After wriggling out of their deal with Checker, the Flamingos relocated to New York City and signed to George Goldner's End label in late 1958, with the doo wop classic "Lovers Never Say Goodbye" reaching number 25 on the R&B charts and number 52 on the pop countdown the next spring. But despite the record's success, Goldner insisted the group shy away from its original repertoire in favor of traditional material. Although follow-ups including "But Not for Me" attracted little attention, the Flamingos' reading of the 1934 Eddy Duchin love song "I Only Have Eyes for You" would prove their biggest hit and a landmark of the doo wop era, with its celestial harmonies and Nelson's crushed-velvet lead propelling the song to number three on R&B charts and number 11 on the pop charts. The group soon after appeared in another Freed film vehicle, Go Johnny Go!, before inaugurating their most prolific period of recording with "Love Walked In," which limped to number 88 pop in the summer of 1959. "I Was Such a Fool" reached number 71 pop, and the year wound down with the release of Flamingo Serenade, an exquisite collection of pop standards from the pens of Cole Porter, George Gershwin, and others.
In 1960 the Flamingos released no fewer than six singles on End, highlighted by the R&B Top 40 hit "Mio Amore" and "Your Other Love," which reached the middle rungs of the pop Hot 100. At the beginning of 1961, Hunt left the lineup to mount a solo career. After signing to Scepter, he cut a handful of minor chart hits, most notably "Human." The remaining quintet returned to the charts at mid-year with "Time Was," but Hunt's defection triggered significant tension within the Flamingos' ranks. The Carey cousins began accusing Terry Johnson (for some time the group's de facto producer and arranger) of harboring his own solo aspirations, and coupled with the diminishing commercial returns of singles like 1962's "For All We Know" and "Flame of Love," Johnson indeed did exit the ranks at year's end, soon followed by Nate Nelson. Together they formed a new group to tour as the Modern Flamingos, while the remaining trio forged on with a rotating cast of secondary players, exiting End and resurfacing briefly on Roulette with the one-off release "Ol' Man River." When the Modern Flamingos signed to Atco, the label insisted they change their name to the Starglows, but with Johnson and Nelson sharing vocal duties, their 1964 single "Let's Be Lovers" sounded exactly like the Flamingos anyway. George Goldner cried foul, forcing Atco to halt promotion of the single and terminate the Starglows' contract.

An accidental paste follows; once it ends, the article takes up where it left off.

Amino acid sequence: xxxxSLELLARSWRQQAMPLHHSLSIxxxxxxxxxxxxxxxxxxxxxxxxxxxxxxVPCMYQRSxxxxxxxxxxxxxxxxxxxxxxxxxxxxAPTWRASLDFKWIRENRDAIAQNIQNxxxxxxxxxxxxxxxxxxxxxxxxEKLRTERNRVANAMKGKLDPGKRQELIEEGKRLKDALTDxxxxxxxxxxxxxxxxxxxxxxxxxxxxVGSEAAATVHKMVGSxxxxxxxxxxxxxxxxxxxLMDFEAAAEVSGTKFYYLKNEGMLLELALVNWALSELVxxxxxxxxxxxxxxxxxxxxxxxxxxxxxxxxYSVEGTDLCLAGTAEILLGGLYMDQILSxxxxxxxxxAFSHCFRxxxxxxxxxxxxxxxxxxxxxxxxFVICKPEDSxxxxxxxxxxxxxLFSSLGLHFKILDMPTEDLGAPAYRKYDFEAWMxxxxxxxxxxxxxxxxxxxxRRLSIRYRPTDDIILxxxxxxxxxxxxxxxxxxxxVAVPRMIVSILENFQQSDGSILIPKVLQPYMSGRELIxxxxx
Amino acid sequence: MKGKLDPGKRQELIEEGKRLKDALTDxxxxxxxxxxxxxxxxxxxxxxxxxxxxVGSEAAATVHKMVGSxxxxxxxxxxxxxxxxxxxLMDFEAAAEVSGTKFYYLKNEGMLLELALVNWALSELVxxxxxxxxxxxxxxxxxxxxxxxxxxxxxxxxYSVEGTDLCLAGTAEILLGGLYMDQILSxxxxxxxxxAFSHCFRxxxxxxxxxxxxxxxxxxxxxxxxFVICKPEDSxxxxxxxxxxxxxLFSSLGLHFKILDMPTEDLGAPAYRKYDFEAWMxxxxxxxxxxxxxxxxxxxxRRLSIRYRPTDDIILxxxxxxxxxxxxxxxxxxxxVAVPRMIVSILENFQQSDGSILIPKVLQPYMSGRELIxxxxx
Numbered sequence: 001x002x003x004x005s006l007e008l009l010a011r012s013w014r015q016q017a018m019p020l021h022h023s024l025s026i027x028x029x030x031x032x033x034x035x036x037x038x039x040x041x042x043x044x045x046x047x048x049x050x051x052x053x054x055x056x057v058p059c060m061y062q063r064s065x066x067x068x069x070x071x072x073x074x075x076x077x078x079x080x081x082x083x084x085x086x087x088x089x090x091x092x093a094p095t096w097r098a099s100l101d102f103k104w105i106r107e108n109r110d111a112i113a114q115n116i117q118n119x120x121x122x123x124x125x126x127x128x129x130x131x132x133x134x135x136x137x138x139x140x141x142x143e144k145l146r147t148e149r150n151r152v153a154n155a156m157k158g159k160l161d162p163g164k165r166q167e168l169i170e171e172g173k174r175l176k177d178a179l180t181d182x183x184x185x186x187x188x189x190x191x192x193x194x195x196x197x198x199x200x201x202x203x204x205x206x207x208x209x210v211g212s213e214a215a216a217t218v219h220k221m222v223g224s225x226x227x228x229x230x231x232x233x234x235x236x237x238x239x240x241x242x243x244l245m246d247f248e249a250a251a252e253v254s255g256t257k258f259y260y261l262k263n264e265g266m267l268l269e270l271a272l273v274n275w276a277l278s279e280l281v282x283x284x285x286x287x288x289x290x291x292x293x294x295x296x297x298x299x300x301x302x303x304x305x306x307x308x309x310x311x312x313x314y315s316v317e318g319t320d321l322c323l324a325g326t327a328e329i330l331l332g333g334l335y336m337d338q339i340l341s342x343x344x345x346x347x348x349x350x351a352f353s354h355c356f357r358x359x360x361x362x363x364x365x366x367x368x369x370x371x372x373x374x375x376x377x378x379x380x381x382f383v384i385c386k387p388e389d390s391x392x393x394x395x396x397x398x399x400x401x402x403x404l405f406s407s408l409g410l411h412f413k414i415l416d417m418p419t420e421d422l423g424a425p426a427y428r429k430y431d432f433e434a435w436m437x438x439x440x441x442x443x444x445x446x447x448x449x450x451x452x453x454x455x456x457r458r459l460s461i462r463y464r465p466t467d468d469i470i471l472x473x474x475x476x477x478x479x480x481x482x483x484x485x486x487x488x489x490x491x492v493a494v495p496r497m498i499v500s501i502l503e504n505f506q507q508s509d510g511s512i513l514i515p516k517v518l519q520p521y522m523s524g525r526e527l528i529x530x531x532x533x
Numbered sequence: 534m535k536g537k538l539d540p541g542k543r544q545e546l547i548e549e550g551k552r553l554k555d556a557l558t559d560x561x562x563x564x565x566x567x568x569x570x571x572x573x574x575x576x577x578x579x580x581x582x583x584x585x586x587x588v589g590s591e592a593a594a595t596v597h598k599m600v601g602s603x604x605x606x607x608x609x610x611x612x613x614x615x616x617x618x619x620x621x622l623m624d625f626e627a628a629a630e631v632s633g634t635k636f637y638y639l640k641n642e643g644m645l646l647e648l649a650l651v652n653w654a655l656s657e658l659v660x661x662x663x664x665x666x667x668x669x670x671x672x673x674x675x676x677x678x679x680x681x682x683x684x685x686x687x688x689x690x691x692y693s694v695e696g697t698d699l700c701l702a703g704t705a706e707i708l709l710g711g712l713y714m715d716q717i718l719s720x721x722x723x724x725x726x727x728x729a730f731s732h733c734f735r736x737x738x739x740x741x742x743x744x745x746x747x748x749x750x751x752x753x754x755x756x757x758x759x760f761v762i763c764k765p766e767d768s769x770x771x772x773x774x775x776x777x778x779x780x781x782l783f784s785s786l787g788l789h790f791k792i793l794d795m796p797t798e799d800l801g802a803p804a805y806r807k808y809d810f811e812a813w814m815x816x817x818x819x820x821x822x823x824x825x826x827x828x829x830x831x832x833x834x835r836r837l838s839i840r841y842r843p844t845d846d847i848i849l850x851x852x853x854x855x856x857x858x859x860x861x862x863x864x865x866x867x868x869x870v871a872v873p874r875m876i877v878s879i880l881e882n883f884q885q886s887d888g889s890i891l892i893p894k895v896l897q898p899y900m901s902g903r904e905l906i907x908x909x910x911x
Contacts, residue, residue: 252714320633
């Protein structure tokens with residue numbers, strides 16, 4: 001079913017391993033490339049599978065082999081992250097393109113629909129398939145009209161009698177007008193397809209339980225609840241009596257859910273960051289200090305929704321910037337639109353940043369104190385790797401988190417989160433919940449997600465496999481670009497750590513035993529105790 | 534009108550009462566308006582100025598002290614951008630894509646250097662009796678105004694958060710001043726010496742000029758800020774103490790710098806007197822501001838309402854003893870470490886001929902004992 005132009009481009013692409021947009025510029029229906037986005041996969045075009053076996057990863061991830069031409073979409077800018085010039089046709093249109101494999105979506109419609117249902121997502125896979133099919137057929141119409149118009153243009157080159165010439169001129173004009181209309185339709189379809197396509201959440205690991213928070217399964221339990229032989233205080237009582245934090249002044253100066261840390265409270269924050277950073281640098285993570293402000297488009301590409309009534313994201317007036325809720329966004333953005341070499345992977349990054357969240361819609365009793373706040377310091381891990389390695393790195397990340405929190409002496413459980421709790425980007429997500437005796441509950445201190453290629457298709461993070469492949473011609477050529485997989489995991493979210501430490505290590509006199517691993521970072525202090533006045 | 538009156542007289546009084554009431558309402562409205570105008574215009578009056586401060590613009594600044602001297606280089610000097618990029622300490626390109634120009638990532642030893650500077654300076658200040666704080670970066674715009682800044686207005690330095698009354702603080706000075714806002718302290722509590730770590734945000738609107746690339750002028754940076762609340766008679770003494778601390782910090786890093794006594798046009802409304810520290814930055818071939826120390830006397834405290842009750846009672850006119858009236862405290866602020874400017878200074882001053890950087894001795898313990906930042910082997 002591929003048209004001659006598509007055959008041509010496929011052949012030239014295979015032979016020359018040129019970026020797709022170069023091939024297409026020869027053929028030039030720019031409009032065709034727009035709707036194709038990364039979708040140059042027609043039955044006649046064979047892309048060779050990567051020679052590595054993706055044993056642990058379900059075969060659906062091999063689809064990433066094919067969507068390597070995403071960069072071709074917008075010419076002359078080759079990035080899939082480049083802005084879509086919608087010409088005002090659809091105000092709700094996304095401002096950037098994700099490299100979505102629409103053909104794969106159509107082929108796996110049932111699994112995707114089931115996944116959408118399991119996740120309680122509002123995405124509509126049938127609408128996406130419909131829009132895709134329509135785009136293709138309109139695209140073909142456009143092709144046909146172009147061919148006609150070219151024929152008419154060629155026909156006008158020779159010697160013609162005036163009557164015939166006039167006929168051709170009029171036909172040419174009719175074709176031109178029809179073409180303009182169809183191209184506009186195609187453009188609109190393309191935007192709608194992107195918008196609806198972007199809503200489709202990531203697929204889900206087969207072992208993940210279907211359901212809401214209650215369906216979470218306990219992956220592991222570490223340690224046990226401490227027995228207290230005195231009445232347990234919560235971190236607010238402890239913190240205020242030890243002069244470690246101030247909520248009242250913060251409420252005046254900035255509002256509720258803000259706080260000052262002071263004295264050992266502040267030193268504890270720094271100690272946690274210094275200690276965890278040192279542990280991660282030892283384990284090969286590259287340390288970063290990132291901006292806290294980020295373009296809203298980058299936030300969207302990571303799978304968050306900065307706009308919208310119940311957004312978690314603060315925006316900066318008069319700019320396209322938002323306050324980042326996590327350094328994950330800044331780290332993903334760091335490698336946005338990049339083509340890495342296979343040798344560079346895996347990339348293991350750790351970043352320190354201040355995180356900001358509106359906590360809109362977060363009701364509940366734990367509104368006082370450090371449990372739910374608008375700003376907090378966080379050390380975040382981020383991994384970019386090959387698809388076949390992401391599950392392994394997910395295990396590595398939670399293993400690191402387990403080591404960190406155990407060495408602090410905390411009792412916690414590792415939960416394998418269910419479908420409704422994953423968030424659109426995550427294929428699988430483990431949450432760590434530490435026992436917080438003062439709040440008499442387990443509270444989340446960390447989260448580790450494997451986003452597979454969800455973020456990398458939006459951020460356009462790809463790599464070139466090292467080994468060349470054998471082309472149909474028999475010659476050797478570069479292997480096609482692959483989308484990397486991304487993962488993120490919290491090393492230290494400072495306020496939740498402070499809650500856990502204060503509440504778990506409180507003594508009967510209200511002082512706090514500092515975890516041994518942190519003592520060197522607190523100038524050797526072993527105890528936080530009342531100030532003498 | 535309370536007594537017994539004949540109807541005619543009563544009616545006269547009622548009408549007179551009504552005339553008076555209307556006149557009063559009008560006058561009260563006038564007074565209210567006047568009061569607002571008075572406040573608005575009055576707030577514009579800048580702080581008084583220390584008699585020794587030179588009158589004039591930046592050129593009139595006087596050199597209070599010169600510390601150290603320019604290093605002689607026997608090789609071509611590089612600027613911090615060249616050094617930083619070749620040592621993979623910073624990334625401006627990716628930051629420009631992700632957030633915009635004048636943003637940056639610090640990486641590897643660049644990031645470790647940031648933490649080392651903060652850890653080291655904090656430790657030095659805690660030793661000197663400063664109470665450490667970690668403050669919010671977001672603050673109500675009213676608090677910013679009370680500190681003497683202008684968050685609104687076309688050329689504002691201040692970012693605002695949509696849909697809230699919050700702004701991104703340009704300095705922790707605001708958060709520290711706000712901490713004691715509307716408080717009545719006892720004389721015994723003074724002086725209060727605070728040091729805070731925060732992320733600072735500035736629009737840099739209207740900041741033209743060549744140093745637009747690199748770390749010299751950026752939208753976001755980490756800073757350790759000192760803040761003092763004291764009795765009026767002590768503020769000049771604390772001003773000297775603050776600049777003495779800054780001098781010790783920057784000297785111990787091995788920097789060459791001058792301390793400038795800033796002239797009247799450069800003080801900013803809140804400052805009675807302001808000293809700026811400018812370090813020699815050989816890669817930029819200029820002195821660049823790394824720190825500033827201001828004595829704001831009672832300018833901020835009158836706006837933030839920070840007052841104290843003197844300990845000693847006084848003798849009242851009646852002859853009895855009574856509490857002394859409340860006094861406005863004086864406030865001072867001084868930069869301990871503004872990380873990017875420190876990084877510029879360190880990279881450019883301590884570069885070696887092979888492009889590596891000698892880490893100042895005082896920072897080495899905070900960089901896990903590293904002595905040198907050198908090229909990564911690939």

In 1964 Paul Wilson split from the original Flamingos, leaving only Jake and Zeke Carey from the founding lineup. In the meantime Johnson and Nelson continued touring as the Modern Flamingos, even after the former accepted a writing and producing position with Motown. Nelson later caught on with the Platters -- he died in 1984 -- while the remaining Flamingos signed to Phillips in 1965, scoring a left-field hit with "The Boogaloo Party" in 1966. Subsequent efforts like "Itty Bitty Baby" and "Koo Koo" went nowhere in a music industry dominated by psychedelia and deep soul, however, and in 1970 the group charted for the final time with the up-tempo "Buffalo Soldier." The Flamingos nevertheless continued recording for their own Ronze label, finally halting their studio efforts with the 1976 single "Love Keeps the Doctor Away." They remained a fixture of the casino circuit, however, and for close to a quarter century both the Carey cousins and Terry Johnson led competing Flamingos lineups to considerable box-office success. Wilson died in 1998. When Jake Carey died in 1996, his son J.C. took his place, and when Zeke Carey passed away five years later, prodigal son Tommy Hunt returned to the fold. When the Flamingos were inducted into the Rock and Roll Hall of Fame in 2001, Hunt, Terry Johnson, and Johnny Carter all performed at the ceremony. ~ Jason Ankeny